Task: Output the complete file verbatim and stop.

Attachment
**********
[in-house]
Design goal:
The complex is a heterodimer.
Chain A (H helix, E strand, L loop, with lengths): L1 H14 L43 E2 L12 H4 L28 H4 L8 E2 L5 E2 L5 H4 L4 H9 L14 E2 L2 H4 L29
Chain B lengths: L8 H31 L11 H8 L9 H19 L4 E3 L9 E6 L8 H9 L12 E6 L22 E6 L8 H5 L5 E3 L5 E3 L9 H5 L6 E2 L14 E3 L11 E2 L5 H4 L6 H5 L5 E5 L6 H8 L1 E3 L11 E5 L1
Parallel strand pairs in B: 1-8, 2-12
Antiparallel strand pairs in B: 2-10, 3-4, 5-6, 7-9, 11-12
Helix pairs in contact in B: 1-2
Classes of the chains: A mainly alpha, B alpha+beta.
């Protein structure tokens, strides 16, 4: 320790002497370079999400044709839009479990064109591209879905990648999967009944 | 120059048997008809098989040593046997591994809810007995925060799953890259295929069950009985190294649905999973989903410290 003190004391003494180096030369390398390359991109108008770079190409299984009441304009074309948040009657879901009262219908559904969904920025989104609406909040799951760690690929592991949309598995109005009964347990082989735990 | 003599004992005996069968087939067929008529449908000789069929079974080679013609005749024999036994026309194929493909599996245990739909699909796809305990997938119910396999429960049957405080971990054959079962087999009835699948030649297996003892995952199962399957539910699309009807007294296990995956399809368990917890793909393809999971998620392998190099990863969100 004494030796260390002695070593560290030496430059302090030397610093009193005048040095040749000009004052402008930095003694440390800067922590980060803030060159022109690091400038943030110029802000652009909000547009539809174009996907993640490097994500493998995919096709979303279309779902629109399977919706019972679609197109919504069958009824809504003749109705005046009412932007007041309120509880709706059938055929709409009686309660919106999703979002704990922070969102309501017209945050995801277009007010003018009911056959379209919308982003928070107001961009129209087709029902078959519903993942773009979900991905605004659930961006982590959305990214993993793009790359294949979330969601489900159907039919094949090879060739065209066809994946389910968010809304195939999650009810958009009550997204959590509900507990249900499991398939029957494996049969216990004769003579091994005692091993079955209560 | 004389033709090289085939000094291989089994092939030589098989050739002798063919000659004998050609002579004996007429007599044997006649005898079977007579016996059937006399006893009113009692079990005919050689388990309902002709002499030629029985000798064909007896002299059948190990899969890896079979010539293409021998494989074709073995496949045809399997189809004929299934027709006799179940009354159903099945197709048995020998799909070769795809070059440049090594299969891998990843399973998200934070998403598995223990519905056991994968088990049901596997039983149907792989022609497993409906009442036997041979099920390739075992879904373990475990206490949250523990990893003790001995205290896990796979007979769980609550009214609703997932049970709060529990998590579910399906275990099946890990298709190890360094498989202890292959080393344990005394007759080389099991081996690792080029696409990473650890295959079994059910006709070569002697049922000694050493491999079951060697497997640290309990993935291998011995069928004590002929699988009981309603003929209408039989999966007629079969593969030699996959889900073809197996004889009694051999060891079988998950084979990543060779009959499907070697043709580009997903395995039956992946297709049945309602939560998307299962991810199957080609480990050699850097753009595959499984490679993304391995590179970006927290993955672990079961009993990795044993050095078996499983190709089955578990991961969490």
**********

[in-house]
Design goal:
The complex is a heterodimer.
Chain A (H helix, E strand, L loop, with lengths): L1 H14 L43 E2 L12 H4 L28 H4 L8 E2 L5 E2 L5 H4 L4 H9 L14 E2 L2 H4 L29
Chain B lengths: L8 H31 L11 H8 L9 H19 L4 E3 L9 E6 L8 H9 L12 E6 L22 E6 L8 H5 L5 E3 L5 E3 L9 H5 L6 E2 L14 E3 L11 E2 L5 H4 L6 H5 L5 E5 L6 H8 L1 E3 L11 E5 L1
Parallel strand pairs in B: 1-8, 2-12
Antiparallel strand pairs in B: 2-10, 3-4, 5-6, 7-9, 11-12
Helix pairs in contact in B: 1-2
Classes of the chains: A mainly alpha, B alpha+beta.
């Protein structure tokens, strides 16, 4: 320790002497370079999400044709839009479990064109591209879905990648999967009944 | 120059048997008809098989040593046997591994809810007995925060799953890259295929069950009985190294649905999973989903410290 003190004391003494180096030369390398390359991109108008770079190409299984009441304009074309948040009657879901009262219908559904969904920025989104609406909040799951760690690929592991949309598995109005009964347990082989735990 | 003599004992005996069968087939067929008529449908000789069929079974080679013609005749024999036994026309194929493909599996245990739909699909796809305990997938119910396999429960049957405080971990054959079962087999009835699948030649297996003892995952199962399957539910699309009807007294296990995956399809368990917890793909393809999971998620392998190099990863969100 004494030796260390002695070593560290030496430059302090030397610093009193005048040095040749000009004052402008930095003694440390800067922590980060803030060159022109690091400038943030110029802000652009909000547009539809174009996907993640490097994500493998995919096709979303279309779902629109399977919706019972679609197109919504069958009824809504003749109705005046009412932007007041309120509880709706059938055929709409009686309660919106999703979002704990922070969102309501017209945050995801277009007010003018009911056959379209919308982003928070107001961009129209087709029902078959519903993942773009979900991905605004659930961006982590959305990214993993793009790359294949979330969601489900159907039919094949090879060739065209066809994946389910968010809304195939999650009810958009009550997204959590509900507990249900499991398939029957494996049969216990004769003579091994005692091993079955209560 | 004389033709090289085939000094291989089994092939030589098989050739002798063919000659004998050609002579004996007429007599044997006649005898079977007579016996059937006399006893009113009692079990005919050689388990309902002709002499030629029985000798064909007896002299059948190990899969890896079979010539293409021998494989074709073995496949045809399997189809004929299934027709006799179940009354159903099945197709048995020998799909070769795809070059440049090594299969891998990843399973998200934070998403598995223990519905056991994968088990049901596997039983149907792989022609497993409906009442036997041979099920390739075992879904373990475990206490949250523990990893003790001995205290896990796979007979769980609550009214609703997932049970709060529990998590579910399906275990099946890990298709190890360094498989202890292959080393344990005394007759080389099991081996690792080029696409990473650890295959079994059910006709070569002697049922000694050493491999079951060697497997640290309990993935291998011995069928004590002929699988009981309603003929209408039989999966007629079969593969030699996959889900073809197996004889009694051999060891079988998950084979990543060779009959499907070697043709580009997903395995039956992946297709049945309602939560998307299962991810199957080609480990050699850097753009595959499984490679993304391995590179970006927290993955672990079961009993990795044993050095078996499983190709089955578990991961969490």